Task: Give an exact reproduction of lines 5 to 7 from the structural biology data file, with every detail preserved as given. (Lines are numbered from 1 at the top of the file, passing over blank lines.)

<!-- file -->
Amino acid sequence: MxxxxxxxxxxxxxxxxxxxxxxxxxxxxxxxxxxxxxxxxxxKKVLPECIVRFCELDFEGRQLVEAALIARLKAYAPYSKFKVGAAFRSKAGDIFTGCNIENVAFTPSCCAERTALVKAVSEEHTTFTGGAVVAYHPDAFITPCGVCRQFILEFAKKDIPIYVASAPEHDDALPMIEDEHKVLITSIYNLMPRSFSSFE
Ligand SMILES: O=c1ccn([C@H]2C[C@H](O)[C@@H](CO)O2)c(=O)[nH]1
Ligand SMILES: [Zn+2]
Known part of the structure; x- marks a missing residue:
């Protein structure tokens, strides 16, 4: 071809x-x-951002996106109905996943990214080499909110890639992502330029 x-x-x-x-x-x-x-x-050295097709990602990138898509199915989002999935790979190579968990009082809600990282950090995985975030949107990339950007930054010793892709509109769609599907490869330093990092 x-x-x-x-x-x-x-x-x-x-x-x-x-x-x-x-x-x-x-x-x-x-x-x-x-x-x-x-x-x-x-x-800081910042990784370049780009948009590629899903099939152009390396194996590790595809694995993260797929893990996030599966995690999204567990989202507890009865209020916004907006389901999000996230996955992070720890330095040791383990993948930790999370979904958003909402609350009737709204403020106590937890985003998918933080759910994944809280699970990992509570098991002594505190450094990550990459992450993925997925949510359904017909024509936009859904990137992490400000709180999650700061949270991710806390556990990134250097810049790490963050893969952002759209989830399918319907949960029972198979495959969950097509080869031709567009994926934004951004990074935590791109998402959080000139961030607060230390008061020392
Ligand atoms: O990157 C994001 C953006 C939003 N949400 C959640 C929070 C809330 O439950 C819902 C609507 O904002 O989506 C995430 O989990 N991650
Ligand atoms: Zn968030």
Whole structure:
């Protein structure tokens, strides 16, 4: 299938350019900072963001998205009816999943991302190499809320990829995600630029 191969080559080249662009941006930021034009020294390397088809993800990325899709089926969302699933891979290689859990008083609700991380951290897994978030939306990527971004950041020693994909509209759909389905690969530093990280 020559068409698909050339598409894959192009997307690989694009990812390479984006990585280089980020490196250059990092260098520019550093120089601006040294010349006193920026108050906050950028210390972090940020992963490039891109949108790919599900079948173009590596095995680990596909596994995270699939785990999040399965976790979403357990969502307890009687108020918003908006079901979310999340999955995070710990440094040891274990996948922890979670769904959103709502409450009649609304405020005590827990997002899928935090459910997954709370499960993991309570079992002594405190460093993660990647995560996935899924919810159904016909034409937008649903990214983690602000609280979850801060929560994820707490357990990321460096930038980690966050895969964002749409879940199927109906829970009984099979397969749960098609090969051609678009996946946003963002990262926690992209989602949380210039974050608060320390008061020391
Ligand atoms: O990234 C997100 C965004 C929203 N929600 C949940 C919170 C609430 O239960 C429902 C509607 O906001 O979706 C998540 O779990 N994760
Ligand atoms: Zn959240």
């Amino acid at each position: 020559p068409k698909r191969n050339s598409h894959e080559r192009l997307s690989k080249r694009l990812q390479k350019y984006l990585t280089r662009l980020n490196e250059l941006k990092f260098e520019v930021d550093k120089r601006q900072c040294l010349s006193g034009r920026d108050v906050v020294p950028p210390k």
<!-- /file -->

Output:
């Protein structure tokens, strides 16, 4: 071809x-x-951002996106109905996943990214080499909110890639992502330029 x-x-x-x-x-x-x-x-050295097709990602990138898509199915989002999935790979190579968990009082809600990282950090995985975030949107990339950007930054010793892709509109769609599907490869330093990092 x-x-x-x-x-x-x-x-x-x-x-x-x-x-x-x-x-x-x-x-x-x-x-x-x-x-x-x-x-x-x-x-800081910042990784370049780009948009590629899903099939152009390396194996590790595809694995993260797929893990996030599966995690999204567990989202507890009865209020916004907006389901999000996230996955992070720890330095040791383990993948930790999370979904958003909402609350009737709204403020106590937890985003998918933080759910994944809280699970990992509570098991002594505190450094990550990459992450993925997925949510359904017909024509936009859904990137992490400000709180999650700061949270991710806390556990990134250097810049790490963050893969952002759209989830399918319907949960029972198979495959969950097509080869031709567009994926934004951004990074935590791109998402959080000139961030607060230390008061020392
Ligand atoms: O990157 C994001 C953006 C939003 N949400 C959640 C929070 C809330 O439950 C819902 C609507 O904002 O989506 C995430 O989990 N991650
Ligand atoms: Zn968030």